Seating Trends: Increased integration and biometric systems

Rinspeed microSNAP interior

Biometric technology is providing another layer to safety and infotainment, and is another challenge for car design

A seat is not just somewhere to sit: it can host advanced technologies and functions. “We are now able to get rid of the frontiers between digital technology products and the traditional instrument panels, doors, seats and so on, to get user interaction happening all over the interface, no matter if it’s a screen, or in a part of a seat,” says Andreas Wlasak, VP industrial design, Faurecia. “You won’t see the product boundaries any more.”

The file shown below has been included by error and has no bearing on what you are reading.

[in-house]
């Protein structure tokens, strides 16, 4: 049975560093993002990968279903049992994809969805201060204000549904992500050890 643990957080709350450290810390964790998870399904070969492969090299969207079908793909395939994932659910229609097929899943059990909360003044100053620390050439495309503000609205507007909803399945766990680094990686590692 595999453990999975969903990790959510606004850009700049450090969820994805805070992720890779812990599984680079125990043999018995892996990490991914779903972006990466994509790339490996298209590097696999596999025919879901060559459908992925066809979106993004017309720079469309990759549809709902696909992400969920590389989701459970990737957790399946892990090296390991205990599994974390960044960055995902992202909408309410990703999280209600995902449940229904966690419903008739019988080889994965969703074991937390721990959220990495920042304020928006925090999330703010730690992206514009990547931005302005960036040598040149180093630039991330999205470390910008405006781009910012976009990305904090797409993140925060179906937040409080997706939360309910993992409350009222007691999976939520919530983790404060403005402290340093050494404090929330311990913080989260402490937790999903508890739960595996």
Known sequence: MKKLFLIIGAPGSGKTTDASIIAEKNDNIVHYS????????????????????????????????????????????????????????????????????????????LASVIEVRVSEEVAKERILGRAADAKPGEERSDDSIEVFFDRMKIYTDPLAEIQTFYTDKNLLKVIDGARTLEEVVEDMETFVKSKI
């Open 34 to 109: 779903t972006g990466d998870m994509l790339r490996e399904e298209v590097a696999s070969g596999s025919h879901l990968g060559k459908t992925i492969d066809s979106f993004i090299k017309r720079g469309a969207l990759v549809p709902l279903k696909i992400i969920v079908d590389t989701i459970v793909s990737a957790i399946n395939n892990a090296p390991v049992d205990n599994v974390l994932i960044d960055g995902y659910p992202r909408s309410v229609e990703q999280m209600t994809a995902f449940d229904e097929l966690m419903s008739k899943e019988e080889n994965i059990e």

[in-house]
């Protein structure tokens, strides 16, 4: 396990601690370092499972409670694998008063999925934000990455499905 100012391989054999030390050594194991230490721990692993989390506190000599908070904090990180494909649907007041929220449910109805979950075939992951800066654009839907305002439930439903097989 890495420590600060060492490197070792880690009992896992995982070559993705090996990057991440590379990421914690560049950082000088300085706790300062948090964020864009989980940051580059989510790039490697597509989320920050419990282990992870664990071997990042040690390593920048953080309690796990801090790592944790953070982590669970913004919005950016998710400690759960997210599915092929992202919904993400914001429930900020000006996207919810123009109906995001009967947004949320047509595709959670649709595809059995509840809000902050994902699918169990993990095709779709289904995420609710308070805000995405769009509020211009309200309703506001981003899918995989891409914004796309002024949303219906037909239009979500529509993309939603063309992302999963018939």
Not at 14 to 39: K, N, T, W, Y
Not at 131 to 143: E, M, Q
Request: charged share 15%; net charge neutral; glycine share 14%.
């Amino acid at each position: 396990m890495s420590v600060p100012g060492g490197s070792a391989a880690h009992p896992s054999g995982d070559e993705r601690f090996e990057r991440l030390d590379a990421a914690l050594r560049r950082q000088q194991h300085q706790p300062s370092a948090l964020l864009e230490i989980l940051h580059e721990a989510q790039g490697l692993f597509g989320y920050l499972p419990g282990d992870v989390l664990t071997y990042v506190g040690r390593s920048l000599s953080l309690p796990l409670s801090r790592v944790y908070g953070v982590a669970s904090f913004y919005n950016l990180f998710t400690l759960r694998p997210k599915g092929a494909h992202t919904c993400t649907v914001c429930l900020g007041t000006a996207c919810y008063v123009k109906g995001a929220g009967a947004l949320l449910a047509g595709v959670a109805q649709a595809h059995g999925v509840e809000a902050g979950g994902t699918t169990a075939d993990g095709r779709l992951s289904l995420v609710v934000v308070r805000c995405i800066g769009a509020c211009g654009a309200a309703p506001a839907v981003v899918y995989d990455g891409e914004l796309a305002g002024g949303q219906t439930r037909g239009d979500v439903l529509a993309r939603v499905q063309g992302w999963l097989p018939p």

Faurecia’s Cockpit of the Future portfolio includes not just integration of controls into seating surfaces (such as into the armrests) but coordination of safety-related sensor technologies. Infrared cameras tracking biometric indicators such as heart rate and face temperature, to detect drowsiness, are linked to actuators in the seat to instigate haptic vibrations to alert the driver; facial recognition can be used to automatically adjust seating position; and radar sensors can detect body mass to calculate weight and type of occupant – not just to optimise seat belt tension, for example, but to collect and share information with emergency services in the event of an accident, or to raise the alarm if a child (or animal) is left unattended in a too-hot vehicle.  

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